Fund to aid families of health workers who were killed by COVID-19

Broken-heart gravestone
Broken-heart gravestone

marako85 / iStock

The Saint Paul & Minnesota Foundation (SPMF) today announced the creation of the Frontline Families Fund and launch of the website in partnership with epidemiologist Michael Osterholm, PhD, MPH, director of the Center for Infectious Disease Research and Policy (CIDRAP) at the University of Minnesota and newly appointed member of President-elect Joe Biden's coronavirus task force.

The Frontline Families Fund is designed to support the families of nearly 1,400 US frontline healthcare workers who have lost their lives to COVID-19. Assistance will be provided through direct grants and scholarships for post-secondary education. Created to recognize the contributions and sacrifices of frontline healthcare workers and their families, the fund also seeks to highlight the pandemic's disproportionate burden on black and indigenous Americans and other people of color.

Jeremy Wells, senior vice president of philanthropic services for SPMF, in a press release today, said of Osterholm, "Mike has identified urgent needs and profound inequities created by the pandemic. We are mustering the foundation’s resources to get the fund into operation quickly, enlist additional partners, and orchestrate further awareness and fundraising campaigns."

Describing fallen healthcare workers as the real heroes of our nation's pandemic response, Osterholm said at a press conference today, "They need our support. Just as they were there to support us and care for us during this pandemic, now they've left behind loved ones—in many cases in dire financial straits—and it's our job as a society to thank them, to be there for them."

Osterholm points out that the loss of healthcare workers is uniquely painful for families who are used to seeing their loved one as a rescuer or protector. "They were the ones who gave people confidence. They were there to protect everyone else against COVID-19, and now they died from it. And there's just a very sad irony to that," he noted.

"We can't change what's happened but we can at least be there to help support them, and I think that this particular fund is at the right time for the right reason," he added. "We need hope right now, we need acts of kindness and I can't imagine any group of individuals who could appreciate and deserve that more than the family members of these fallen heroes."

The "Lost on the Frontline" project from Kaiser Health News and The Guardian tracks 1,375 US healthcare professionals who have died from COVID-19, including Adeline Fagan, MD, an OB/GYN resident who was just 28 when she died on Sep 19. She was one of four sisters working in the medical field.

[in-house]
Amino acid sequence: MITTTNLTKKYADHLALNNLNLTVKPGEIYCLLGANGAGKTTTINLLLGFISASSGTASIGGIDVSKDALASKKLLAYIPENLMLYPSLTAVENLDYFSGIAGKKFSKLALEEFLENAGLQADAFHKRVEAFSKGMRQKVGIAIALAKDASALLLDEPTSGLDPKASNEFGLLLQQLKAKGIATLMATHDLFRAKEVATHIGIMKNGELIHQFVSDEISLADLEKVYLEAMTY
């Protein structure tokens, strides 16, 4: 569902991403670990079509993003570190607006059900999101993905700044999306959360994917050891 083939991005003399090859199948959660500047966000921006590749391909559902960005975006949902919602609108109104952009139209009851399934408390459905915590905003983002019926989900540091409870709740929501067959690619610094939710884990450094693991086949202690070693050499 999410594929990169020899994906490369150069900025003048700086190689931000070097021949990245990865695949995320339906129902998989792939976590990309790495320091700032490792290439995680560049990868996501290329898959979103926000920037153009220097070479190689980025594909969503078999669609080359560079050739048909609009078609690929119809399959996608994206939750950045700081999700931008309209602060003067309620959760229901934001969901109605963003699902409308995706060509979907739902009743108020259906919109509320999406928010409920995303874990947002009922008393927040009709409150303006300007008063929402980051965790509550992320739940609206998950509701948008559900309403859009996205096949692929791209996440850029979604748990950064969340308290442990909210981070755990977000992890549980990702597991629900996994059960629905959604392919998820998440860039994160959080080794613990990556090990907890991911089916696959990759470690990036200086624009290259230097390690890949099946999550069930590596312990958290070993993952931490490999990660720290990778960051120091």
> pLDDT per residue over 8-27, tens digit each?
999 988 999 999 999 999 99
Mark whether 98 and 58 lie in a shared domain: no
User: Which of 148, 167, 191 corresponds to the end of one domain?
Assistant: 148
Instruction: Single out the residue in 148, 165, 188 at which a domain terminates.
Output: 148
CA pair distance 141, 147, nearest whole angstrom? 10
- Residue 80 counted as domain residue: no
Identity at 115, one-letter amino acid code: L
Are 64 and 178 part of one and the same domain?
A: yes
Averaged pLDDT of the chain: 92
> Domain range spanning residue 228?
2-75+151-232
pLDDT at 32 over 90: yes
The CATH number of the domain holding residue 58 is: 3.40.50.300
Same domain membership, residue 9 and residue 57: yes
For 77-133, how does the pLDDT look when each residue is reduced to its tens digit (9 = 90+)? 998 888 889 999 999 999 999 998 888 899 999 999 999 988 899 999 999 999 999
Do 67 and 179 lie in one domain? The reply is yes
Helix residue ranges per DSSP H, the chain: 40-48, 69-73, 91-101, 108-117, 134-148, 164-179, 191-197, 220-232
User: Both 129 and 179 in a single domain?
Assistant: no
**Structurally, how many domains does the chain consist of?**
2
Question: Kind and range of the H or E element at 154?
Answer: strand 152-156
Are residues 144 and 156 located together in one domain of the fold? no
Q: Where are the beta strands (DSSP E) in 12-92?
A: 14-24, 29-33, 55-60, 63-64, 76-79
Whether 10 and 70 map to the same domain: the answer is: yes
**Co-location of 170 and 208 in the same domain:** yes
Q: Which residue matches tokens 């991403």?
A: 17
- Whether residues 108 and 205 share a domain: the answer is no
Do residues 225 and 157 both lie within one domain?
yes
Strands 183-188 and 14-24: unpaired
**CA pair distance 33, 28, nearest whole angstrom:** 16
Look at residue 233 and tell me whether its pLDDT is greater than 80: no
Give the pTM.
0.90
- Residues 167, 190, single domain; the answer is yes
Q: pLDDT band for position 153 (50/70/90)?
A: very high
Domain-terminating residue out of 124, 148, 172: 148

According to the Lost on the Frontline database, her sister Maureen, 23, said Adeline brought grace, comfort, and humor to patients. Her father wrote of her death, "We spent the remaining minutes hugging, comforting, and talking to Adeline. And then the world stopped."

Website for donations, applications

Wells, with the SPMF, said that the fund's website has already collected $14,000 from 95 separate donations, and organizers hope that it will eventually raise millions of dollars in donations from individuals, businesses, foundations, and other entities to be evenly split between direct payments to families and scholarship funds.

SPMF is partnering with the Brave of Heart Fund—a national charitable relief fund to support the families of fallen healthcare workers—to provide direct payments to families in the form of immediately available $10,000 "phase 1" grants for initial expenses, including funeral costs, as well as need-based "phase 2" grants of up to $60,000.

Scholarship America—the nation's largest nonprofit, private scholarship organization—will be SPMF's partner for post-secondary education scholarships for the children of fallen workers via the Frontline Families Scholarship Fund. Eligible families can access applications for all types of funds on the Frontline Families Fund website.    

"Our goal would be that every fallen healthcare worker's family is able to get a phase 1 and phase 2 grant of some size to help give them a little bit of hope, a little bit of assistance through a very challenging time," Wells said.

'Influencers' to spread the word

SPMF is launching a public awareness campaign for the initiative and has identified around 100 national "influencers"—news and public health industry professionals, celebrities, recording artists, etc—with access to tens of millions of followers via social network platforms who have agreed to broadcast the availability of the fund over the course of the next few weeks.

The campaign aims to drive traffic to the website to gather financial contributions and ensure that families who have lost a loved one are aware that these dollars are available.

Osterholm praised the work of SPMF, adding, "I can promise you that the fiduciary oversight of this will be remarkable. This will result in direct support for these families. I just encourage everyone to be generous.

"At this time when it's hard, when it's painful, when it's tough, if you have the means to help, please do. What an act of kindness. This seems like a very natural outpouring of love and support for those that have given the ultimate sacrifice."

(CIDRAP publishes CIDRAP News.)

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